Model organisms: the mouse
The mouse shares many similarities with humans in terms of anatomy, physiology and genetics, making it a useful model organism.
- Model organisms are non-human species that are used in research to help us understand specific areas of biology.
- The house mouse (Mus musculus) is commonly used as a model for genetic research, due to the many features it shares with humans.
- Scientists use mice to understand human conditions and diseases, including looking for new ways to diagnose and treat them.
The house mouse (Mus musculus)
- The house mouse is often used as a model mammal for genetic research.
- Its genome was published in 2002 as part of the Human Genome Project. Today, scientists can use this information to genetically engineer mice to mimic most human conditions.
- Mice are used in research under the principles of the 3Rs: Replacement (using alternatives where possible), Reduction (designing experiments that minimise the number of mice needed) and Refinement (using methods that improve their welfare).
What have we learned using the mouse in research?
Mice have been used in research since at least the 1700s. They’ve helped us to understand a great deal about health and disease, including:
- The genetic risk factors for complex diseases like atherosclerosis and hypertension. Humans and mice share many of the genes responsible for complex diseases like these.
- How many diseases develop – for example, mice without a fully functioning immune system have revealed important information about infectious diseases, cancer and AIDS.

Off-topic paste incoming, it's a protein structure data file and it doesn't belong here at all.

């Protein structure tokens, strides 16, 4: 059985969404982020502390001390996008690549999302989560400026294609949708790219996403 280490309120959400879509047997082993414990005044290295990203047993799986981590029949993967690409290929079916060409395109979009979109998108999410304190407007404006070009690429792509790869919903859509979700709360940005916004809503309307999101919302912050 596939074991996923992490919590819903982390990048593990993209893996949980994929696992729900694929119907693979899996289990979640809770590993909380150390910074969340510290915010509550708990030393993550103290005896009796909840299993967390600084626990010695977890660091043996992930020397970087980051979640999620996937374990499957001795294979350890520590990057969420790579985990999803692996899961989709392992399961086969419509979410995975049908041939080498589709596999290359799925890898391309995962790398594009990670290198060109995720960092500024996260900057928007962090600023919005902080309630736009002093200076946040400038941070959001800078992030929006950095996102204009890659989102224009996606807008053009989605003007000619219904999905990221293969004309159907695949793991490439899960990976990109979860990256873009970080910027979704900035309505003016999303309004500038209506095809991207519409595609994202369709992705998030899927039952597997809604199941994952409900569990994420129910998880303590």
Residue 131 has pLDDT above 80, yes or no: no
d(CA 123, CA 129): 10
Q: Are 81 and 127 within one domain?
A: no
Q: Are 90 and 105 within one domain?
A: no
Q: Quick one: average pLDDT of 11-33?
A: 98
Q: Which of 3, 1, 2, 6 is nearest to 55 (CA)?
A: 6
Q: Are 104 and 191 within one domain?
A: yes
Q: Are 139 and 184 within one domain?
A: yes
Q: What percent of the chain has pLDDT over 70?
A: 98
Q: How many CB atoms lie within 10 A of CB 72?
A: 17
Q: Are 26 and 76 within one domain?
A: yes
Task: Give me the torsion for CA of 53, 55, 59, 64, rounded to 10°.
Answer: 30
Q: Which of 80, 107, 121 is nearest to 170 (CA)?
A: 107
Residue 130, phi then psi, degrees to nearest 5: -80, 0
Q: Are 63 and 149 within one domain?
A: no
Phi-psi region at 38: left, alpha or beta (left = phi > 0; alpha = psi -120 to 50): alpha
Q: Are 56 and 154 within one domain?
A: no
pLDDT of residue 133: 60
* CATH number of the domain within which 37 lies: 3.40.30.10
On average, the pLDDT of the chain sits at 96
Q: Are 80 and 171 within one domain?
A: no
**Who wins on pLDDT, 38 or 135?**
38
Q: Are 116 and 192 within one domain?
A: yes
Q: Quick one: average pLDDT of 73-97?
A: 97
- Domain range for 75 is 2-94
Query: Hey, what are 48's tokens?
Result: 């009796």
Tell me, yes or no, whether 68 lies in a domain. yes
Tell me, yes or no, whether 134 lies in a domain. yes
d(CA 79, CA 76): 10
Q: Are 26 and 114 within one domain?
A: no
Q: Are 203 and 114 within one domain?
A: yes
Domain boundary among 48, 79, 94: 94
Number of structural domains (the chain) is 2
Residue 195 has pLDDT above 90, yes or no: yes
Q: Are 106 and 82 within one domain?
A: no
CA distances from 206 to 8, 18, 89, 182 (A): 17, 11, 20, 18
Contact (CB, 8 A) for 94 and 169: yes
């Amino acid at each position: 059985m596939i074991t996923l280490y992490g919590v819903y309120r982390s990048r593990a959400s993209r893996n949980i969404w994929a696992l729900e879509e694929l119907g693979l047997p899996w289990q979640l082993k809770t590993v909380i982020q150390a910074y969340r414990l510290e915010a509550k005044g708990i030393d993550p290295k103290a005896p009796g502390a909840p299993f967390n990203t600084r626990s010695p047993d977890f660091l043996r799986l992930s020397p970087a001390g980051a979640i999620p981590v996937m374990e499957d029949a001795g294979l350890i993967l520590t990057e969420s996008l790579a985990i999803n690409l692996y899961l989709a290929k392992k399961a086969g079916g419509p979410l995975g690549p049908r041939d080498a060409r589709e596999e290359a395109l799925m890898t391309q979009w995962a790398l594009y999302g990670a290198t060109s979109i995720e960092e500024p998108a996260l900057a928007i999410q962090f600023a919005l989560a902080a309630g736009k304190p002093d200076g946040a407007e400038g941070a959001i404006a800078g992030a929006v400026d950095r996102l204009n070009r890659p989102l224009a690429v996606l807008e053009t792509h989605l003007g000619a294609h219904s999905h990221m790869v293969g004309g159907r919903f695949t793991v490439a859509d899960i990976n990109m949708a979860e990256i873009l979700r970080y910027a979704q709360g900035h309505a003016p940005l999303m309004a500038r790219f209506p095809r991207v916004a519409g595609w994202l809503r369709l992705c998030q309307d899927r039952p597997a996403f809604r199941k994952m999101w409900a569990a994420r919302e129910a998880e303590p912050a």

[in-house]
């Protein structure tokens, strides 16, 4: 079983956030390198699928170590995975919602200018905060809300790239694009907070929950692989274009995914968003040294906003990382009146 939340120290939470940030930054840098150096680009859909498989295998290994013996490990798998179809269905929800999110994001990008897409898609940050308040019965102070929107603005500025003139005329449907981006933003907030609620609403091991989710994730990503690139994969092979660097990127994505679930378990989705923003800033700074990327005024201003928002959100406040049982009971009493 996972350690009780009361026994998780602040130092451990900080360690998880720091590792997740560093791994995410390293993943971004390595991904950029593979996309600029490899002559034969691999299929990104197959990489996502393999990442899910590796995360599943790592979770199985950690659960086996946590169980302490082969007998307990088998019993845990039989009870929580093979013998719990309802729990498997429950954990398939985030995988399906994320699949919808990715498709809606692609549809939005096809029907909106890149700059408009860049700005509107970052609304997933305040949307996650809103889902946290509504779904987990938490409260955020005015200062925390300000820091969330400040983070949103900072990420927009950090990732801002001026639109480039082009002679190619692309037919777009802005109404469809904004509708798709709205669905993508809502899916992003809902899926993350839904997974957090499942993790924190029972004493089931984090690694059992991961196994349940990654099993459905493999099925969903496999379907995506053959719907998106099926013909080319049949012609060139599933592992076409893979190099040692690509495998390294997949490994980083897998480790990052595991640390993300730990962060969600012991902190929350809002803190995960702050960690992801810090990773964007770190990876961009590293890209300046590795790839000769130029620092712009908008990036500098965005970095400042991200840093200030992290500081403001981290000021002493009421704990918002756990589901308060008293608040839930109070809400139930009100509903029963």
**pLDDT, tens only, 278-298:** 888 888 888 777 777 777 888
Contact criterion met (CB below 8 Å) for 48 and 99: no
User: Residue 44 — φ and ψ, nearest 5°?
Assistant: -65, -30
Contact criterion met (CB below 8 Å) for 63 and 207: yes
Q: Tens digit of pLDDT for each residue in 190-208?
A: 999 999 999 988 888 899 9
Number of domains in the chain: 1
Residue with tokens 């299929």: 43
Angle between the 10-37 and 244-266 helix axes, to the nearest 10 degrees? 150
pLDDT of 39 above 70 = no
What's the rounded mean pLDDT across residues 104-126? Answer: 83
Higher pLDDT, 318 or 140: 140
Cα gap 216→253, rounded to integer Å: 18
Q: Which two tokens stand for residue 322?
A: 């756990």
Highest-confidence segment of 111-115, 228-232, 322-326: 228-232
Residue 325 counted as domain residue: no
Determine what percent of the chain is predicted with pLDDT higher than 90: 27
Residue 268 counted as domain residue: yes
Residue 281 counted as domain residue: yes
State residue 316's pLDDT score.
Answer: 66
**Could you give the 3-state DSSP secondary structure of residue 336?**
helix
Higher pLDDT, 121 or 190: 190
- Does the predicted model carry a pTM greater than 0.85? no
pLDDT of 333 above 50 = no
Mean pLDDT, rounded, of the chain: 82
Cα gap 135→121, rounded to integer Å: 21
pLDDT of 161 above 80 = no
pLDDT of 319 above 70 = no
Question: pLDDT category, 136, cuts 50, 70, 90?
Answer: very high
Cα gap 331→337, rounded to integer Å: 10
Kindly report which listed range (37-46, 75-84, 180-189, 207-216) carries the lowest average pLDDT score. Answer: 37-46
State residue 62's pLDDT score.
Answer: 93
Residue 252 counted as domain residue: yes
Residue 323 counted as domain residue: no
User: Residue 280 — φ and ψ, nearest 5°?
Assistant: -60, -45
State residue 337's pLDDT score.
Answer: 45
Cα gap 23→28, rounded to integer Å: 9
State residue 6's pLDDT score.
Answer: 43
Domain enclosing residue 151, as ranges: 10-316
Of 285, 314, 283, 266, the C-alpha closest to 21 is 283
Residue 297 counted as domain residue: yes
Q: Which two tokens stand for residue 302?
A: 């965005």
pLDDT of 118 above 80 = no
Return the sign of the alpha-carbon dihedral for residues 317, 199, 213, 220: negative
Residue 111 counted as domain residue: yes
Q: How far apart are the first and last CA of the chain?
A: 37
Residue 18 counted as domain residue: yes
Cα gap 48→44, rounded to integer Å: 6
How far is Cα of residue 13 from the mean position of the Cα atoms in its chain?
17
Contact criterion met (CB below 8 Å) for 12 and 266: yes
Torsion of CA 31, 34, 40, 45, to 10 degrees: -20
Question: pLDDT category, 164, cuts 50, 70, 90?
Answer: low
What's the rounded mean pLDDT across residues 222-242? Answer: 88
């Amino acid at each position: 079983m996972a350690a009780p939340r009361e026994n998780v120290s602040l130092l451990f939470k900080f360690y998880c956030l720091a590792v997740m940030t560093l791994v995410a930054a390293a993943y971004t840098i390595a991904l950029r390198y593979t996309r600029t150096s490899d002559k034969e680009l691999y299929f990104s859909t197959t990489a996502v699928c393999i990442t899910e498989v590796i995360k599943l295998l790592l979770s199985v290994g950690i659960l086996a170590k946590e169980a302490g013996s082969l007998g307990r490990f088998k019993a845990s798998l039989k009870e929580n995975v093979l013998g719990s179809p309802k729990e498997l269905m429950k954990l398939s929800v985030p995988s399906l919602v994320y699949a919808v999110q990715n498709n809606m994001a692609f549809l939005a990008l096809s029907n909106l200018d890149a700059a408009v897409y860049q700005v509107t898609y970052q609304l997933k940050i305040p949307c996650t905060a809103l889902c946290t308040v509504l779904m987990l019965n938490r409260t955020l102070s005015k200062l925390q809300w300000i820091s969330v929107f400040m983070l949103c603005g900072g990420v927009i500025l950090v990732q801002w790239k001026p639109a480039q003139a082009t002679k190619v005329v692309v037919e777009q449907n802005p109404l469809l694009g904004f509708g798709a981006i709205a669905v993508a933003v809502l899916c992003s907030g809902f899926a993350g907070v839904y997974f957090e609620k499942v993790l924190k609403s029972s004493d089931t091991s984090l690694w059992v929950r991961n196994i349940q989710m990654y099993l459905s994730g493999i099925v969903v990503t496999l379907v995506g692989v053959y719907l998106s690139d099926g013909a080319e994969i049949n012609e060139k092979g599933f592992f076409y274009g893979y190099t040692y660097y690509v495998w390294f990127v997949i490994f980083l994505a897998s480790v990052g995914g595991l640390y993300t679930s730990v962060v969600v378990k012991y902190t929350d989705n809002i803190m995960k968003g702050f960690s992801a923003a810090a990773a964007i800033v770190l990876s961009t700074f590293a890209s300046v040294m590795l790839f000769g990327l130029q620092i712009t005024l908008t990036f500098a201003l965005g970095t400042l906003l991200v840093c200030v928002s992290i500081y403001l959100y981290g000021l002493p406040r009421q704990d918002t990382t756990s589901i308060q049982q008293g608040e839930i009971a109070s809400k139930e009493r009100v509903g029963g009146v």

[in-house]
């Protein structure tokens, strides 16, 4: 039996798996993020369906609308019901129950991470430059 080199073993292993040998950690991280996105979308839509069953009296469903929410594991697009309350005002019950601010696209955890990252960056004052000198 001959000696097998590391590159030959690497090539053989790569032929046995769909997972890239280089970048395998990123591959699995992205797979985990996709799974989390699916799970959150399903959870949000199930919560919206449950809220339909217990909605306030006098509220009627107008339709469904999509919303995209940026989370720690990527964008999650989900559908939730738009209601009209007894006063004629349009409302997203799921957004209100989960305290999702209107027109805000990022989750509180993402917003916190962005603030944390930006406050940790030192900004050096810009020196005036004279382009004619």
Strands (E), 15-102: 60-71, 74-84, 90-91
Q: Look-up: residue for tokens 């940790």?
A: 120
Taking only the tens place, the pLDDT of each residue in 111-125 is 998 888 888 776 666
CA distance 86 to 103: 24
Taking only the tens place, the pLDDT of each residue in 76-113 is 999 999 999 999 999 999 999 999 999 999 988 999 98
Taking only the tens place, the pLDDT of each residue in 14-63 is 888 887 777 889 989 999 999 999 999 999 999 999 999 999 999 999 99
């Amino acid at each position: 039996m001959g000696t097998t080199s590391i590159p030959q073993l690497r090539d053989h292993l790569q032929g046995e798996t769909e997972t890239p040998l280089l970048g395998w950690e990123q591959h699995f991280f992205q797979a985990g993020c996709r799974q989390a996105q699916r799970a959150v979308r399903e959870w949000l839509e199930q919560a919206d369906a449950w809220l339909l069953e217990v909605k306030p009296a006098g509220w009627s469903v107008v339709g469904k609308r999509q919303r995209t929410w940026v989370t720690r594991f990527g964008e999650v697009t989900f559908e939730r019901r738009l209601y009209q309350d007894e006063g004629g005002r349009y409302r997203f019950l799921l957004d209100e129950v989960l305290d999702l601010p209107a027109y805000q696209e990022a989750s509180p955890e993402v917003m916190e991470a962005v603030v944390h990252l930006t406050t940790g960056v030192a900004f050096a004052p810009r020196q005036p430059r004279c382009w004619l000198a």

- Speeding up the development of new drugs. For example, asthma drugs, the Covid-19 vaccines and cancer treatments were all developed using mice. Nearly all drugs and medical procedures routinely used today came about from mouse research.
What are some of the benefits and limitations of using the mouse as a model organism?
Benefits of using mice
- Mice and humans are biologically similar. We develop in the same way, have the same kinds of organs and can develop complex diseases, like cancer and diabetes.
- Almost every human gene has a counterpart in the mouse.
- Mice are small, cheap and relatively easy to look after.
- Their entire life cycle can be studied in two to three years.
- Multiple generations can be studied at the same time, due to their rapid gestation periods.
Limitations and challenges of using mice
- Although human and mouse diseases are similar, they’re not the same. Findings from the mouse aren’t guaranteed to be the same in people.
- Some drugs that work in mice don’t work or aren’t safe in humans.
- Many animals need to be bred for genetic experiments. Some of these won’t be used, because they won’t all have the right genetics.
- We don’t fully understand what could happen if genetically engineered animals entered the natural ecosystem.
- As with all animal research, there are ethical and moral questions to consider.
What are the alternatives to using the mouse in research?
Scientists are pioneering alternative systems and technologies that can accurately mimic human conditions in the lab – often created from human samples or stem cells. For example:
- Organoids – tiny, three-dimensional ‘mini-organs’. For example, scientists can now create mini guts or mini kidneys from human stem cells to study in the lab.
- Organ-on-a-chip – a tiny piece of human tissue, housed on what looks like a clear computer USB stick. The chip gives a micro-scale representation of an organ by mimicking properties such as the breathing motions of a lung.
- Sophisticated computer models – to simulate human biology and diseases, known as ‘in silico’ modelling.